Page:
The jobcentre has had its share of detractors over the years and, in some cases, fairly so.

But there’s been a revolutionary change in the way they operate and, on a recent visit to the one in Weymouth, I left genuinely inspired.

All credit must go to the 38 staff, 25 of whom are ‘work coaches’. Their remit is far wider than just finding people to fill vacancies.

“That’s just one side of what we do,” said Business Development Manager James Pidgeon.

As I was shown around, meeting many of the staff, I learnt that the work coach first enquires about the applicant’s personal goals, before matching them to the opportunities available.

Next, they establish the skills needed for a new job. Often, new applicants need help with confidence-building after being out of the workplace for years.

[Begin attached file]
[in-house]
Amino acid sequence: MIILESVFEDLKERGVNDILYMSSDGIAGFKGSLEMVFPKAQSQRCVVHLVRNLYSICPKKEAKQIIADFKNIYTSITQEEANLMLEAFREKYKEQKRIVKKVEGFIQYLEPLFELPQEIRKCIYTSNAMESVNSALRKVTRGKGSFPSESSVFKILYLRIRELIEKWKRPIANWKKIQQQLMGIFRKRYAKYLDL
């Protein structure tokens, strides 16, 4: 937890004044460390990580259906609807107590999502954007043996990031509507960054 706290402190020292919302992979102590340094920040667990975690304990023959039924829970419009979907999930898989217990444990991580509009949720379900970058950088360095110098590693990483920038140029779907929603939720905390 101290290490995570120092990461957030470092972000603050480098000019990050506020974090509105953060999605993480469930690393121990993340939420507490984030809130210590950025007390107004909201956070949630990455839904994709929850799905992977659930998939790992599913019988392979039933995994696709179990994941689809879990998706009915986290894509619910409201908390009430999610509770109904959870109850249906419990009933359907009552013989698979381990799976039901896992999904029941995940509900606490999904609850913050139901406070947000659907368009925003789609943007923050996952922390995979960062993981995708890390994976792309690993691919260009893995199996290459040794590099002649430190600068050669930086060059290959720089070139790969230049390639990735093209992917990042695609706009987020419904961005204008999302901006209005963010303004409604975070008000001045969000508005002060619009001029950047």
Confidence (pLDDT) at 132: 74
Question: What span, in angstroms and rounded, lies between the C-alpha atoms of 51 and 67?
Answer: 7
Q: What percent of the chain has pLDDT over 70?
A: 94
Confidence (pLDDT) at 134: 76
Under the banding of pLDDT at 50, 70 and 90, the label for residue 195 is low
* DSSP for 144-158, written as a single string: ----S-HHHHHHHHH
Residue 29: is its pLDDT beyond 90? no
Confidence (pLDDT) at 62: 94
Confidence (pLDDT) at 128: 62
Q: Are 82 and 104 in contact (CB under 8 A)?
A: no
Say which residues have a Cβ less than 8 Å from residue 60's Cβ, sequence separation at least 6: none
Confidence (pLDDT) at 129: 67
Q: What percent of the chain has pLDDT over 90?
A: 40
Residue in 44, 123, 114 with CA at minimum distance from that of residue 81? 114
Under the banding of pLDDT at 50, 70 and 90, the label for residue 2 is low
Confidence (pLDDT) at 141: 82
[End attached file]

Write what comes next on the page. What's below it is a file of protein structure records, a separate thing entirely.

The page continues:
They may require bespoke courses to equip them for specific occupations, like computer training, food handling, customer service or retail and cash experience.

These courses are tailor-made with local providers and colleges, including Weymouth College.

James is confident that the success rate is good. The personal touch does not end there, however.

Work coaches remain on call for clients, even after they’re in work.

I also met the specialist schools’ adviser, who spends his time visiting students and helping 18-25 year olds into work experience.

Interestingly, I found no one against universal credit, the new welfare reform.

Since 2010, those out of work in South Dorset have halved. This is in no small way due to the diligence and hard work of those I met in Weymouth’s jobcentre.